4. The financial expenditures users and others have already spent on existing stocks

Echoing the concerns of many farmers and again pointing to the current growing season, the agency concluded that “the costs to farmers are not limited to their existing stocks of these dicamba products, but include other sunk costs made in expectation of the availability of these products [seed purchase, tilling, planting, etc.] as well as the lost opportunity to switch to a different crop or to another herbicide or weed management method.”

5. The risks and costs of disposal or alternative disposition of the stocks

The EPA concluded that disposal of the existing stocks of dicamba products would incur substantial costs for all and for stock already in the hands of end users, “may be neither feasible nor advisable.” Additionally, the agency pointed to disposal or return of opened containers, which would have high risks of spillage and increased expenses for proper disposal.

6. The practicality of implementing restrictions on distribution, sale or use of the existing stocks

Another option available to the agency under FIFRA would be to issue individual stop sale, use and removal orders to all end users holding dicamba products, but the EPA concluded that such an action would be unwarranted under the present facts because tracking the existing stocks would be burdensome, inaccurate and impractical and that “hard-pressed farmers who have made large investments in their existing stocks may be uncooperative with a cancellation order that requires disposal.” 

Final order

After weighing the six factors above, the EPA concluded that the six factors weigh heavily in support of allowing end users to use existing stocks of the dicamba products in their possession.  However, the agency imposed a July 31, 2020, cut-off date for use of existing stocks in order to “further reduce the potential for adverse effects.” Here are the final orders the agency made for distributed, sale and use of the products:

1. Distribution or sale by the registrant: Distribution or sale by the registrant of all existing stocks of the products listed below is prohibited effective as of the time of the order on June 3, except for distribution for the purposes of proper disposal.

2. Distribution or sale by persons other than the registrant: Distribution or sale of existing stocks of the products listed below that are already in the possession of persons other than the registrant is permitted only for the purposes of proper disposal or to facilitate return to the registrant or a registered establishment under contract with the registrant, unless otherwise allowed below.

3. Distribution or sale by commercial applicators: For the purpose of facilitating use no later than July 31, 2020, distribution or sale of existing stocks of products listed below that are in the possession of commercial applicators is permitted.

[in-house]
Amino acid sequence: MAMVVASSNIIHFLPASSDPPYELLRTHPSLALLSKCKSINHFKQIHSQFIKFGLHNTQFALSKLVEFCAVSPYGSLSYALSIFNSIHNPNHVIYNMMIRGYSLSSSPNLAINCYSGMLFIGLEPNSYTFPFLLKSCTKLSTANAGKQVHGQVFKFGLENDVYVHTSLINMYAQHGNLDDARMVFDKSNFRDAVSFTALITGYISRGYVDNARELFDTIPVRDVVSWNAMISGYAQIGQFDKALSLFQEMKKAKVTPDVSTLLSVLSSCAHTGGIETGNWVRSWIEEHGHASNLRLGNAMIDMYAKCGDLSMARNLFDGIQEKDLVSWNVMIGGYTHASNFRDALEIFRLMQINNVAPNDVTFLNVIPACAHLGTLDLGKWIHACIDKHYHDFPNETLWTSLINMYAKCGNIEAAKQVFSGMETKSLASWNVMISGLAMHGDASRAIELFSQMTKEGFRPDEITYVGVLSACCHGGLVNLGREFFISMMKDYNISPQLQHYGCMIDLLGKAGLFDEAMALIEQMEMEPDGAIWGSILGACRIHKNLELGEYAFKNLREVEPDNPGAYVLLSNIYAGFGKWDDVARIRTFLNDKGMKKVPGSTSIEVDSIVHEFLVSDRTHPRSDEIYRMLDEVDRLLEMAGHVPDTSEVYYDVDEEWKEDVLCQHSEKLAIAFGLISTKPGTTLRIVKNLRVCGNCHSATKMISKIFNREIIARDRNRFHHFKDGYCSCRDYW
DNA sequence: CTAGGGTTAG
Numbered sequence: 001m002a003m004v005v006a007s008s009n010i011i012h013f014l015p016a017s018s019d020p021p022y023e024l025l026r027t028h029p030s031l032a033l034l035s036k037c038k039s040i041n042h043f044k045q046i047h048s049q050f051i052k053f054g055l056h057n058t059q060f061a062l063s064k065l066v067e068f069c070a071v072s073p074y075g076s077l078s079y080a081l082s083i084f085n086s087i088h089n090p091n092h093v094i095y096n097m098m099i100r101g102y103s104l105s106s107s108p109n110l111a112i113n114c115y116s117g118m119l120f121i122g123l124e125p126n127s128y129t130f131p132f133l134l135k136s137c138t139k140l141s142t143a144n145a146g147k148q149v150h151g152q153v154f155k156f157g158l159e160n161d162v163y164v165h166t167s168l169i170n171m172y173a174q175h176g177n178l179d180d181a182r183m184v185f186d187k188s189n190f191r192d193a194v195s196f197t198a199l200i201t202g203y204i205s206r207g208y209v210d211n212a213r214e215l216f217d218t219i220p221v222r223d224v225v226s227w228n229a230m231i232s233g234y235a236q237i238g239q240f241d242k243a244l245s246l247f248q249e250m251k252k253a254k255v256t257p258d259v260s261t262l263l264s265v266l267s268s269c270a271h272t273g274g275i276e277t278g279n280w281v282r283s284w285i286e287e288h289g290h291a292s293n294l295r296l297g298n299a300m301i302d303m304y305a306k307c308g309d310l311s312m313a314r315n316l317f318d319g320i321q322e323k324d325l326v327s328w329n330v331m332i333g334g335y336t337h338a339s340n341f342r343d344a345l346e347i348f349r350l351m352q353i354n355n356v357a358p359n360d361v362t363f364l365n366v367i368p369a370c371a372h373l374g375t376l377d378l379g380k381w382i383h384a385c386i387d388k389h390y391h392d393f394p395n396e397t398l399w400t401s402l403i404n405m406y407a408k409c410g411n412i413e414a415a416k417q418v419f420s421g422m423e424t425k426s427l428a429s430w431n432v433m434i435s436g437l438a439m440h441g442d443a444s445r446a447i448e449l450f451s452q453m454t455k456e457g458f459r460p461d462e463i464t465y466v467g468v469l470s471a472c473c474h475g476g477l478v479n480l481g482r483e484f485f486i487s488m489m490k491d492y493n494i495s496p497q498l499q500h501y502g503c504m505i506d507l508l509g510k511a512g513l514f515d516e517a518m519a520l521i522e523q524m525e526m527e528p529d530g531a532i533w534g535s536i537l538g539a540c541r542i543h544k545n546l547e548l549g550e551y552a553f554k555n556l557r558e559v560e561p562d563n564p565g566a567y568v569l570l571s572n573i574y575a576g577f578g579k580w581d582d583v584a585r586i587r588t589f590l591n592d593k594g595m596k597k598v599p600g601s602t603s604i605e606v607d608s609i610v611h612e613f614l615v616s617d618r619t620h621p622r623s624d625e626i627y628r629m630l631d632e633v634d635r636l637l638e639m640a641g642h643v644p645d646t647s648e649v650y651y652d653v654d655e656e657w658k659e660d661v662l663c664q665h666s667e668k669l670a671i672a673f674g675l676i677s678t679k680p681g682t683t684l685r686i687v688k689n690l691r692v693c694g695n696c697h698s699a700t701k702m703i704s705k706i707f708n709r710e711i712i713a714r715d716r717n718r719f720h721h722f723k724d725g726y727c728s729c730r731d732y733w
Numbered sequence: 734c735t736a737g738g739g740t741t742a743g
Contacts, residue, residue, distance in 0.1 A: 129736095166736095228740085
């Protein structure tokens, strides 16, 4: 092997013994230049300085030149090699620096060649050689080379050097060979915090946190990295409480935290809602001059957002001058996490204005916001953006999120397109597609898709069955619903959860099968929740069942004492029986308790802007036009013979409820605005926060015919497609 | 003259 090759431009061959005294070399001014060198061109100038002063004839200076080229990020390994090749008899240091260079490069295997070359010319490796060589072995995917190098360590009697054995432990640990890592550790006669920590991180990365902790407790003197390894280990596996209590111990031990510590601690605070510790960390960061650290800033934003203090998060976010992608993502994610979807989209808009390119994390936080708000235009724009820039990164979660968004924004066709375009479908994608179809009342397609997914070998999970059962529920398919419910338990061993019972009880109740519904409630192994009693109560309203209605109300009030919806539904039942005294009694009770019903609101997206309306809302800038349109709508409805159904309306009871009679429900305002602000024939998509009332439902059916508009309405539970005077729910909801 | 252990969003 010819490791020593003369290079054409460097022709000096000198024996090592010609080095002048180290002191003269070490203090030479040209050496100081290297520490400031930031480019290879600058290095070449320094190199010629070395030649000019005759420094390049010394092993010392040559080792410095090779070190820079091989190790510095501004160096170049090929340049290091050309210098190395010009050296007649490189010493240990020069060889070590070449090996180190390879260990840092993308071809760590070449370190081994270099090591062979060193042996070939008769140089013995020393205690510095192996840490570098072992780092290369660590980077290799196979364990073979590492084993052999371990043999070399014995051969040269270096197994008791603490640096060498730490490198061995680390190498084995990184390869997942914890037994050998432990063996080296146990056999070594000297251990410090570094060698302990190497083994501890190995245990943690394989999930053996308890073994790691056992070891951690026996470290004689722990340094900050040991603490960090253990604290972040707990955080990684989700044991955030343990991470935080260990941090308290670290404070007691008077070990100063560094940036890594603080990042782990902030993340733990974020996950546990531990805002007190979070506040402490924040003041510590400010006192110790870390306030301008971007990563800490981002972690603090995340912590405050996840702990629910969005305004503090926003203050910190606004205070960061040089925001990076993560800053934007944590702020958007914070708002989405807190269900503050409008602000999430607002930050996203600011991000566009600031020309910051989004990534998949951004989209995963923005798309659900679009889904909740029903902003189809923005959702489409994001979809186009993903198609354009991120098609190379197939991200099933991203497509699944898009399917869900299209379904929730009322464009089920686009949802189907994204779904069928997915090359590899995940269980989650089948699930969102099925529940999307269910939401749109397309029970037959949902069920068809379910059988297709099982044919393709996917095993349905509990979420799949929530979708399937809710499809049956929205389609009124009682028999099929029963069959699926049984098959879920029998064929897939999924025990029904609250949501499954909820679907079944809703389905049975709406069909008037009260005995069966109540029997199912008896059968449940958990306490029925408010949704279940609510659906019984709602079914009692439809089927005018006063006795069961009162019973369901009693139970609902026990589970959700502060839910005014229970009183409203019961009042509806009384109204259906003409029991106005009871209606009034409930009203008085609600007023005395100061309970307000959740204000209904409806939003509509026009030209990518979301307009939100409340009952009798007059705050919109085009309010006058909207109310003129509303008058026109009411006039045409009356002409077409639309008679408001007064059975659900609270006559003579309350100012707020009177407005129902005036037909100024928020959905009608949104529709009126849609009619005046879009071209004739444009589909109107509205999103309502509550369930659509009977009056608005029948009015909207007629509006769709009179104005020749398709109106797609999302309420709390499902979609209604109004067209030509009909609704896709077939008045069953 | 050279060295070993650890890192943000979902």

4. Use: Use of existing stocks of products inconsistent in any respect with the previously approved labeling accompanying the product is prohibited. All use is prohibited after July 31, 2020.

Now what? 

While the manufacturers of XtendiMax, Engenia and FeXapan are prohibited from selling and distributing their products effective as of June 3, 2020, the EPA’s cancellation order allows others to return, dispose of or use the products according to the previous label restrictions and no later than July 31, 2020. But a few other factors come into play:

  • Some states have already taken actions to restrict the use of the dicamba products within their states, which is within a state’s authority. Ohio has not done so, and instead has stated that it has been awaiting U.S. EPA guidance on the legal status of the products and will communicate options for farmers afterward. This means that users in Ohio should keep a close eye on the Ohio Department of Agriculture to see if it will go along with the U.S. EPA’s guidance or direct otherwise.

  • A cancellation order issued by the EPA is a final agency action that is subject to appeal, so we might see an immediate of the cancellation order and a request to stay the order pending appeal. Such an appeal could challenge whether the EPA has the authority to regulate existing stocks of the products and whether the agency’s analysis sufficiently addressed the risks of adverse impacts from continued use.

As seems often to be the case with dicamba, there’s a mixed sense of drama and dread with what lies ahead. We’ll be sure to keep you posted on the next legal news for dicamba.

Read the U.S. EPA’s cancellation order for XtendiMax, Engenia and FeXapan here.  end mark

This originally appeared on the Ohio State University Farm Office blog, June 9, 2020

Peggy Kirk Hall
  • Peggy Kirk Hall

  • Associate Professor
  • Agricultural and Resource Law
  • Ohio State University Extension